First drive: 2014 Mercedes-Benz GL 500 AMG in the UAE
Mercedes-Benz built its reputation on luxury cars over the course of a century. Then there was that one time in the early 70s when they dabbled with a 4×4 for a military contract. That was the G-Wagen, which quickly went civilian later, but it wasn’t until the 90s that it evolved into the form it is today. Mercedes-Benz got the hint that the world is ready for a mainstream three-pointed-star SUV, and came up with the M-Class by the late 90s. And the rest, as they say, is history. Today, aside from the patriarch G-Class, the midsize M-Class and the compact GLK-Class, there’s the full-size GL-Class. We managed to get some seat time in the current GL 500 at a recent Mercedes-Benz media event highlighting their SUV offerings.
Redesigned less than two years ago, the 2014 Mercedes-Benz GL-Class is a subtly handsome vehicle, helped a lot by the AMG kit that was on our tester. However, it will never turn any heads, precisely because it is a subtly handsome vehicle.
Inside, all the trim and materials are top-notch, with real wood and stitched leather dominating, as they should in this price bracket. However, there’s nothing to wow you in there either, in terms of design at least. There’s an LCD screen and a deluge of buttons below it, including a telephone number-pad; and there’s tons of gadgets, including powered headrests and seat-coolers.
It’s spacious in there, at least from what we could see from the front seats. It’s a way more practical package than the G 500 Geländewagen, which is just an old unrefined offroader with leather and power, as per our brief encounter.
The GL 500 is easy to drive in the city if you’re used to big cars and rear cameras. On the highway, it’s smooth enough on most surfaces with the low-profile tyres wrapping the 21-inch AMG alloys. And it’s decently quiet enough, aside from the muffled rumble of the 429 hp 4.7-litre turbo V8 on acceleration. Even the 7-speed automatic gearbox is invisible in its operation, once you set it to “D” using the fiddly gear-stalk on the steering column. In casual driving, it seems to handle safely too.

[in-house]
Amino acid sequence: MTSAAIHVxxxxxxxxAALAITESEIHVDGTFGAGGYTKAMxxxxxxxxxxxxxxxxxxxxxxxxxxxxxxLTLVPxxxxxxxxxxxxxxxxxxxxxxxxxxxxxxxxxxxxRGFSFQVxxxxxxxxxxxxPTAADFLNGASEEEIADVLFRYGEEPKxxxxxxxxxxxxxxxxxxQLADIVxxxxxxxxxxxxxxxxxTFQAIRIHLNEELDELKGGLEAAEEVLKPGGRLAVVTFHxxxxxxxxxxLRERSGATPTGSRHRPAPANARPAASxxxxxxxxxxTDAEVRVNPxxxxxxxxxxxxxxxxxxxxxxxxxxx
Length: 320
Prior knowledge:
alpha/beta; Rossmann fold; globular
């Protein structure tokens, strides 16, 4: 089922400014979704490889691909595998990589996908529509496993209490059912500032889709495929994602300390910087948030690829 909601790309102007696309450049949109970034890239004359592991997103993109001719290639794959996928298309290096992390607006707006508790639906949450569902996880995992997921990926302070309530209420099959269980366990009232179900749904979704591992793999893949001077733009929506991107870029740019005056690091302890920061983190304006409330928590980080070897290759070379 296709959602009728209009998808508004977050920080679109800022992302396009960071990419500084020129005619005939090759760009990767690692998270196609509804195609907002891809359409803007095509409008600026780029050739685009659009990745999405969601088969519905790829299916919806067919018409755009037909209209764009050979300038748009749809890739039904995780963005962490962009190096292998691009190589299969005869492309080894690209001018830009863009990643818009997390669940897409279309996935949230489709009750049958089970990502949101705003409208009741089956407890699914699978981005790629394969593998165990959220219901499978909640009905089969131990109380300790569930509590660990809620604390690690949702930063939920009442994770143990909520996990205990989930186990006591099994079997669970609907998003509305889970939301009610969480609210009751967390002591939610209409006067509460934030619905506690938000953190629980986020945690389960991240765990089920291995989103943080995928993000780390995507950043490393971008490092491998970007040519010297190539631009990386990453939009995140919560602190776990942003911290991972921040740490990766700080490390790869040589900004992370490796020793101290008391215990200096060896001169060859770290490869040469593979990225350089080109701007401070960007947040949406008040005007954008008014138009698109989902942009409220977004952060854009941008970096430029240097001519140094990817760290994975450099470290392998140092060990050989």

We did a spot of off-roading with it too, nothing too challenging, but enough to know that it can venture into the desert. With deflated tyres and that big engine, the GL 500 manages very well on soft sand. We drove in sand mode, with ESP off, and there’s hill-descent control and low-range gearing available if needed. The low-profile rubbers meant that it feels a bit bogged down at slow speeds, but access to that big motor is just a tap of the throttle away, so it’s easy to just put in a bit more juice to keep moving. We did mild uphill slopes and steep downhill dunes, all easily accomplished since we electronically raised the suspension. We didn’t slam it into the side of a steep uphill dune or crest any serious peaks at any point, nor would we recommend it with this car.
From our brief drive, the GL 500 appears to be a perfect entry in a segment that’s dominated by some serious rivals. It’s got enough power, luxury and capability to make the pricier GL 63 AMG a rather frivolous upgrade. But then again, our brief rounds with the ML 500 and the GLK 350 at the same event told us that you can even get almost the same level of ownership satisfaction in a smaller affordable package. The only thing that left us wanting though is, possibly, a design with more character and a heritage of its own. If such naive sentiments don’t bother you, it’s a perfectly good all-rounder for your family of seven.
Keep track of UAE/KSA/GCC prices and specs in the Mercedes-Benz buyer guide.